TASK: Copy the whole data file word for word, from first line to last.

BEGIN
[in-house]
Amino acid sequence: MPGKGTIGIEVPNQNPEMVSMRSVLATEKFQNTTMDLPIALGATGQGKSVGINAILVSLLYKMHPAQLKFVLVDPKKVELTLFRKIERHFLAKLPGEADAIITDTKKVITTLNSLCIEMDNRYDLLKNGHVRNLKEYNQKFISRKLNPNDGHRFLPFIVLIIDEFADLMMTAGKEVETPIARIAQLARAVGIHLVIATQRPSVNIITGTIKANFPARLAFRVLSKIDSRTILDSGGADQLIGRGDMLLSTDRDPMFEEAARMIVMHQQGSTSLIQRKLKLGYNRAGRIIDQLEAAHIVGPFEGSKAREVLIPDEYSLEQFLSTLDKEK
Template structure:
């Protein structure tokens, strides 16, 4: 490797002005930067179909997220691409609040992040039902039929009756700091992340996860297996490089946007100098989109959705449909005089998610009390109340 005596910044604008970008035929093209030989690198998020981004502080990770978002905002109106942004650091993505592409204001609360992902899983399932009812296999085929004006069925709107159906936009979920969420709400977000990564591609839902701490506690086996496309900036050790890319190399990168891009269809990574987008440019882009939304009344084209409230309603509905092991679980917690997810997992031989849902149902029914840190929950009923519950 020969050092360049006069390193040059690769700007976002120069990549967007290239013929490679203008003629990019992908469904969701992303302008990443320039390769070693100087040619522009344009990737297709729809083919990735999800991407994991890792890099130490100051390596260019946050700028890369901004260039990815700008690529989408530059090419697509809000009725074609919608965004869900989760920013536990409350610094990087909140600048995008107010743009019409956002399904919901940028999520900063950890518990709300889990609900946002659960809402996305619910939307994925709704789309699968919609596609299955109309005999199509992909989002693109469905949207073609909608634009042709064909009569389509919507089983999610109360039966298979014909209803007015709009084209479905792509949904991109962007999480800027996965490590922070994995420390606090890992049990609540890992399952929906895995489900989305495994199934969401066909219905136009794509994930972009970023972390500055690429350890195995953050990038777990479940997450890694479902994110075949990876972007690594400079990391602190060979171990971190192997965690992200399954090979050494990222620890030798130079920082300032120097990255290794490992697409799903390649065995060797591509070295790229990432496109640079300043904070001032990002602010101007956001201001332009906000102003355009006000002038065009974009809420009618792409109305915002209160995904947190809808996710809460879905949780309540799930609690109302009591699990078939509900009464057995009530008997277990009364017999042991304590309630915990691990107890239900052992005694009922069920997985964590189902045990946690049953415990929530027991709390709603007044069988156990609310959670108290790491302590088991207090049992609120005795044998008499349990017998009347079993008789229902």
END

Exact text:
[in-house]
Amino acid sequence: MPGKGTIGIEVPNQNPEMVSMRSVLATEKFQNTTMDLPIALGATGQGKSVGINAILVSLLYKMHPAQLKFVLVDPKKVELTLFRKIERHFLAKLPGEADAIITDTKKVITTLNSLCIEMDNRYDLLKNGHVRNLKEYNQKFISRKLNPNDGHRFLPFIVLIIDEFADLMMTAGKEVETPIARIAQLARAVGIHLVIATQRPSVNIITGTIKANFPARLAFRVLSKIDSRTILDSGGADQLIGRGDMLLSTDRDPMFEEAARMIVMHQQGSTSLIQRKLKLGYNRAGRIIDQLEAAHIVGPFEGSKAREVLIPDEYSLEQFLSTLDKEK
Template structure:
């Protein structure tokens, strides 16, 4: 490797002005930067179909997220691409609040992040039902039929009756700091992340996860297996490089946007100098989109959705449909005089998610009390109340 005596910044604008970008035929093209030989690198998020981004502080990770978002905002109106942004650091993505592409204001609360992902899983399932009812296999085929004006069925709107159906936009979920969420709400977000990564591609839902701490506690086996496309900036050790890319190399990168891009269809990574987008440019882009939304009344084209409230309603509905092991679980917690997810997992031989849902149902029914840190929950009923519950 020969050092360049006069390193040059690769700007976002120069990549967007290239013929490679203008003629990019992908469904969701992303302008990443320039390769070693100087040619522009344009990737297709729809083919990735999800991407994991890792890099130490100051390596260019946050700028890369901004260039990815700008690529989408530059090419697509809000009725074609919608965004869900989760920013536990409350610094990087909140600048995008107010743009019409956002399904919901940028999520900063950890518990709300889990609900946002659960809402996305619910939307994925709704789309699968919609596609299955109309005999199509992909989002693109469905949207073609909608634009042709064909009569389509919507089983999610109360039966298979014909209803007015709009084209479905792509949904991109962007999480800027996965490590922070994995420390606090890992049990609540890992399952929906895995489900989305495994199934969401066909219905136009794509994930972009970023972390500055690429350890195995953050990038777990479940997450890694479902994110075949990876972007690594400079990391602190060979171990971190192997965690992200399954090979050494990222620890030798130079920082300032120097990255290794490992697409799903390649065995060797591509070295790229990432496109640079300043904070001032990002602010101007956001201001332009906000102003355009006000002038065009974009809420009618792409109305915002209160995904947190809808996710809460879905949780309540799930609690109302009591699990078939509900009464057995009530008997277990009364017999042991304590309630915990691990107890239900052992005694009922069920997985964590189902045990946690049953415990929530027991709390709603007044069988156990609310959670108290790491302590088991207090049992609120005795044998008499349990017998009347079993008789229902």